Innocence and the willingness to follow the Lord

February 25, 2013 § Leave a comment

I heard a long time ago that innocence was the willingness to follow the Lord. This is no doubt true, but it does not appear to be actually said in the Writings.

Here is a definition of innocence:

“A proprium of innocence consists in knowing, acknowledging, and believing, not with the lips but with the heart, that nothing but evil originates in oneself, and everything good in the Lord, and therefore that such a proprium is altogether black, that is to say, both the will side of the proprium, which is evil, and the understanding side, which is falsity. When a person confesses and believes that in his heart, the Lord flows in with good and truth and instills a heavenly proprium into him which is bright and shining. Nobody can possibly be truly humble unless that acknowledgement and belief are present in his heart; and when they are present he is self-effacing, indeed self-loathing, and so is not preoccupied with himself, in which case he is in a fit state to receive the Lord’s Divine. These are the circumstances in which the Lord flows in with good into a humble and contrite heart.” (AC 3994)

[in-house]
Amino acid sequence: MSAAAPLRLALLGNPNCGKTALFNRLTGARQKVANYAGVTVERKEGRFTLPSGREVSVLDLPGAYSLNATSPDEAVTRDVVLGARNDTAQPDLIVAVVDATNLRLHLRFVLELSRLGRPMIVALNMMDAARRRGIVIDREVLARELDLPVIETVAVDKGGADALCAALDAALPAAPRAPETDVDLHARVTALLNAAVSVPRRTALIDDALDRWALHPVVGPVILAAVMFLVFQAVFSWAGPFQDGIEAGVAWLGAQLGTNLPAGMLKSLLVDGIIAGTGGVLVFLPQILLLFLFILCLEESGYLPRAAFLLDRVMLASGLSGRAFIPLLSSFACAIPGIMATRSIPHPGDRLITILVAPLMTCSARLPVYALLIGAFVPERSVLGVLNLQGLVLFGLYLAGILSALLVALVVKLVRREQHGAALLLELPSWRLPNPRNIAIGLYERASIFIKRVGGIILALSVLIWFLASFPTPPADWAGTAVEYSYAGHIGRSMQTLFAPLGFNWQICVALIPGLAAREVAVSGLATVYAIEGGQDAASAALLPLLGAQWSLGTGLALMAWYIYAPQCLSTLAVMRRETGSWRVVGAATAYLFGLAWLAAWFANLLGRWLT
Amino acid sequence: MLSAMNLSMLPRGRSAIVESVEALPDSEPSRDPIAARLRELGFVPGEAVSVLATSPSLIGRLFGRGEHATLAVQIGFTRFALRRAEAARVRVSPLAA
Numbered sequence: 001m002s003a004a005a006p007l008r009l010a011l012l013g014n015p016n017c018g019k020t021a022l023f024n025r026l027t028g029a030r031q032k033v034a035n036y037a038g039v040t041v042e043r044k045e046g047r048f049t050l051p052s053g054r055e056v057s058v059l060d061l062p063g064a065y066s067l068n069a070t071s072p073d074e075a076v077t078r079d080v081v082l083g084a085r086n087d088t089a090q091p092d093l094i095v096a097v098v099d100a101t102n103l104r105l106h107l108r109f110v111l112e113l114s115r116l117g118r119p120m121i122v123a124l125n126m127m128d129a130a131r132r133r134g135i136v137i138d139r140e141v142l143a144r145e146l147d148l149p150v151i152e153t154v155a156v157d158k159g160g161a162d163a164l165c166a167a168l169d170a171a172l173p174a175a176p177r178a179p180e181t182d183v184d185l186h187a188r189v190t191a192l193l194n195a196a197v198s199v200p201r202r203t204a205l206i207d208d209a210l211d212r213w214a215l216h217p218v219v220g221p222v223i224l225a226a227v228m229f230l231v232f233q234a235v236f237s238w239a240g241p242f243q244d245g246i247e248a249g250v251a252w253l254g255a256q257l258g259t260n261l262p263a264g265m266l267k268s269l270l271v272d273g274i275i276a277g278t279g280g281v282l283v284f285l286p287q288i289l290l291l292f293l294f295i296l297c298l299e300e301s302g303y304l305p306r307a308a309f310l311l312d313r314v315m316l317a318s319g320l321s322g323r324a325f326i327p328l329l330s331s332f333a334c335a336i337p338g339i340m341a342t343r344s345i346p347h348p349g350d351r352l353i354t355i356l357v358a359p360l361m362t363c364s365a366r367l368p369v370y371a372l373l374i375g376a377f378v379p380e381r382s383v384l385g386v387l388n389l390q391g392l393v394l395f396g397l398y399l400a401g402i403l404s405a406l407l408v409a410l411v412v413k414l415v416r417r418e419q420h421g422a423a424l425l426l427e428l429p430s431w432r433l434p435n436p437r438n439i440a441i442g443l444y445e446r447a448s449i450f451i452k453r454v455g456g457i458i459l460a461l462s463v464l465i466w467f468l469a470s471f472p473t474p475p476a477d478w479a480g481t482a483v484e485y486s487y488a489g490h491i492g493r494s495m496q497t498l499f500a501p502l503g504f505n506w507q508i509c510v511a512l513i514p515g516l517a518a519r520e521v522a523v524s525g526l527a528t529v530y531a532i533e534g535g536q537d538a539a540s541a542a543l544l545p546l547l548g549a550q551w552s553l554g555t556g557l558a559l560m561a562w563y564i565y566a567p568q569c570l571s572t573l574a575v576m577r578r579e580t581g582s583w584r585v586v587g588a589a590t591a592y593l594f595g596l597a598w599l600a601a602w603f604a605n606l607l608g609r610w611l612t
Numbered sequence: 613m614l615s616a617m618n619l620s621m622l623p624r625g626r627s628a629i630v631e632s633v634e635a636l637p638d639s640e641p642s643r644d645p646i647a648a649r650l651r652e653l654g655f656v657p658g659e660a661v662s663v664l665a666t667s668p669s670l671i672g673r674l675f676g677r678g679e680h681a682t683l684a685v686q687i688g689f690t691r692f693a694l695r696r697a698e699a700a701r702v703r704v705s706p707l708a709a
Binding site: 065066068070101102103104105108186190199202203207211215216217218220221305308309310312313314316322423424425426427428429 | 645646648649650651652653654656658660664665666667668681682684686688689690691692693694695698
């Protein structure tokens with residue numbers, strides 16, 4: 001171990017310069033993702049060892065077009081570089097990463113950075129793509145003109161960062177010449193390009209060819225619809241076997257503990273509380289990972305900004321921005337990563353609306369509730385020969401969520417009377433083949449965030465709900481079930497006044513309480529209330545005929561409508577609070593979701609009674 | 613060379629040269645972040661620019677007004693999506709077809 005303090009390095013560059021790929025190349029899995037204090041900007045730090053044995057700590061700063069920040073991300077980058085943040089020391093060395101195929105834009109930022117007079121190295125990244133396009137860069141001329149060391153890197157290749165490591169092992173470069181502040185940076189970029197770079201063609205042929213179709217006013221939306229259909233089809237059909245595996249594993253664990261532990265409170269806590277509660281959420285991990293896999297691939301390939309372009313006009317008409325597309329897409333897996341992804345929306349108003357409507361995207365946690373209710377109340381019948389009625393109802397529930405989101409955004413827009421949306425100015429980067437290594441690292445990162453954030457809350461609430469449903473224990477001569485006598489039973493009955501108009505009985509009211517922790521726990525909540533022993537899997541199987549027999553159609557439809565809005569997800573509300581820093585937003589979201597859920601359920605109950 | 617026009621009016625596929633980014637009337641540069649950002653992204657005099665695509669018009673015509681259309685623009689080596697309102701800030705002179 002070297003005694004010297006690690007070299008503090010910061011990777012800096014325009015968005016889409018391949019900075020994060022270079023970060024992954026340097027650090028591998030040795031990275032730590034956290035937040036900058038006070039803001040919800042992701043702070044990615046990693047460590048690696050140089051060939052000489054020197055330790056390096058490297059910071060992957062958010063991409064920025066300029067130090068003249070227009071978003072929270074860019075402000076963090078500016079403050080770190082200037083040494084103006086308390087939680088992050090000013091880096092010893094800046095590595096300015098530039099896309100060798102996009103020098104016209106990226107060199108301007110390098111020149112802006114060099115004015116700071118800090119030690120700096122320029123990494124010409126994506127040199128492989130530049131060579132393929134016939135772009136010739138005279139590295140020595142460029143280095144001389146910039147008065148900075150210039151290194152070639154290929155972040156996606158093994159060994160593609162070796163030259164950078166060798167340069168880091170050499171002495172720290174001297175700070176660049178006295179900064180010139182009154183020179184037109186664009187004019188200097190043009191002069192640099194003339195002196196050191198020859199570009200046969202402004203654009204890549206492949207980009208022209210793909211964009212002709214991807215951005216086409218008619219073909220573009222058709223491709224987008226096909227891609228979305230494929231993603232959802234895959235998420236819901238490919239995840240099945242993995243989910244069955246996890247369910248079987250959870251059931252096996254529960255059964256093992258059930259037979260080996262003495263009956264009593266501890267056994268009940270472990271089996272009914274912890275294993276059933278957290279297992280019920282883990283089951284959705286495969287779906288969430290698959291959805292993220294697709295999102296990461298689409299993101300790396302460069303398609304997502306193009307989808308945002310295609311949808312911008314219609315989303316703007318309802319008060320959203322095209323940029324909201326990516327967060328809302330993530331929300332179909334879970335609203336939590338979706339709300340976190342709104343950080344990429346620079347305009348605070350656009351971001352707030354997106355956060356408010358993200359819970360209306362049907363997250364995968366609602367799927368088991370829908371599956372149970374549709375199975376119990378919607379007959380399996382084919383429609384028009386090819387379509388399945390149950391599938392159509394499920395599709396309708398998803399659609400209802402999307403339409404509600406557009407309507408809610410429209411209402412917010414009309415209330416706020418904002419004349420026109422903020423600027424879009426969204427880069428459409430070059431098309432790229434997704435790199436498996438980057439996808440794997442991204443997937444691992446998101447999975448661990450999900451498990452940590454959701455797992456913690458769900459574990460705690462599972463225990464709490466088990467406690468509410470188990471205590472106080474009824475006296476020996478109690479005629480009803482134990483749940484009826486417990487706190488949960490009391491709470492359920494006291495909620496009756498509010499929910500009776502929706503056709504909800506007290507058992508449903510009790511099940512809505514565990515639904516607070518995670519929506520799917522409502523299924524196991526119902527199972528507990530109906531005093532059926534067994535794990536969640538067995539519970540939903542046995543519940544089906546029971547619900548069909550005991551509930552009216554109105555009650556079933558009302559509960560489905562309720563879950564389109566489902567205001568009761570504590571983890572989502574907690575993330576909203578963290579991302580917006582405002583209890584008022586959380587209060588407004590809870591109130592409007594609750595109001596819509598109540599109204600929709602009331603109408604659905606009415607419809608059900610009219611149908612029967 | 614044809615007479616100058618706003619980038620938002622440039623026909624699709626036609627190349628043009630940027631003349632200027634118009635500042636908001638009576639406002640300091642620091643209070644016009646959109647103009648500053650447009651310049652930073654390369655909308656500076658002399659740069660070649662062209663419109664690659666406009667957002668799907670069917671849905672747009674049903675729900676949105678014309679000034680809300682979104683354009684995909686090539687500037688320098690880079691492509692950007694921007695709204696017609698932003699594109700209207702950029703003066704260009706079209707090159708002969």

Obviously, the more we acknowledge that we are evil, the more we will be willing to follow the Lord. And the less we acknowledge our evilness, the more willing we are to lead ourselves.

My guess is that someone wanted to define innocence in a more positive manner, and so came up with innocence is the willingness to follow the Lord. But the deeper, more fundamental definition of innocence has to be the acknowledgment that we are nothing but evil, for without this, we will not being willing to follow the Lord.


Good and truth, will and understanding, must cooperate

February 24, 2013 § Leave a comment

Unless doing good is conjoined with willing good, and teaching good with thinking good, there is no good in the man; for the evil can will evil and do good, and also think evil and teach good, as everybody can know. Hypocrites and profane persons are in this study and art more than others, so much so indeed that they can palm themselves off as angels of light, when yet they are devils within; from all which it is evident that good can be made fruitful with no one, unless doing good is conjoined with willing good, and teaching good with thinking good; that is, unless the external man is conjoined with the internal.  (AC 3987)

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